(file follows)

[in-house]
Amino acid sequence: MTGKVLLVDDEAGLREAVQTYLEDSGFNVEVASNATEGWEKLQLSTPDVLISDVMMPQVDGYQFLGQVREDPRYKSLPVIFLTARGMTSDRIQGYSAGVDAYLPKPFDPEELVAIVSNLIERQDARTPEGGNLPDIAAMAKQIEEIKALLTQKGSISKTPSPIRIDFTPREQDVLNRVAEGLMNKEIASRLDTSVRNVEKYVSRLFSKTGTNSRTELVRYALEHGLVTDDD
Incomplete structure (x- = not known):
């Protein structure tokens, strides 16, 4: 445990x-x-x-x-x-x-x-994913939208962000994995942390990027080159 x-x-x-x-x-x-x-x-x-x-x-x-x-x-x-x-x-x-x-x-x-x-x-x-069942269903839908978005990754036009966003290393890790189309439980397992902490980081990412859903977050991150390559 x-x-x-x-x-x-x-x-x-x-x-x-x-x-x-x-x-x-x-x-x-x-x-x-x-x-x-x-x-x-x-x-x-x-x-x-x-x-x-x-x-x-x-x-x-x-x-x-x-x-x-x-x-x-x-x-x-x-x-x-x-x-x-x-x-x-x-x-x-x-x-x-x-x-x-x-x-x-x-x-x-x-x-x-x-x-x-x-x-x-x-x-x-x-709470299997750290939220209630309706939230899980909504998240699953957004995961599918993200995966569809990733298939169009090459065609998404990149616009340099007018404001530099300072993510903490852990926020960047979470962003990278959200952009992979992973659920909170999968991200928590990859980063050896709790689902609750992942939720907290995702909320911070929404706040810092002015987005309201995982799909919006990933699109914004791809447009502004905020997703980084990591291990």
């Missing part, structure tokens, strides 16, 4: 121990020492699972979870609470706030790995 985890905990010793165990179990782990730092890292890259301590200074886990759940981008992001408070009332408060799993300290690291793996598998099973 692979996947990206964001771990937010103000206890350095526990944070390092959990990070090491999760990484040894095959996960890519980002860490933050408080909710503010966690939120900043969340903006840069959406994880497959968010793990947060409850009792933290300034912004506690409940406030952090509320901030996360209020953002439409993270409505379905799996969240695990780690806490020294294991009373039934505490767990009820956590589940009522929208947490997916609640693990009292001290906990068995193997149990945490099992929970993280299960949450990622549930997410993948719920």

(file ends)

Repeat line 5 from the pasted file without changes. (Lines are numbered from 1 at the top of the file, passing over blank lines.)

């Missing part, structure tokens, strides 16, 4: 121990020492699972979870609470706030790995 985890905990010793165990179990782990730092890292890259301590200074886990759940981008992001408070009332408060799993300290690291793996598998099973 692979996947990206964001771990937010103000206890350095526990944070390092959990990070090491999760990484040894095959996960890519980002860490933050408080909710503010966690939120900043969340903006840069959406994880497959968010793990947060409850009792933290300034912004506690409940406030952090509320901030996360209020953002439409993270409505379905799996969240695990780690806490020294294991009373039934505490767990009820956590589940009522929208947490997916609640693990009292001290906990068995193997149990945490099992929970993280299960949450990622549930997410993948719920």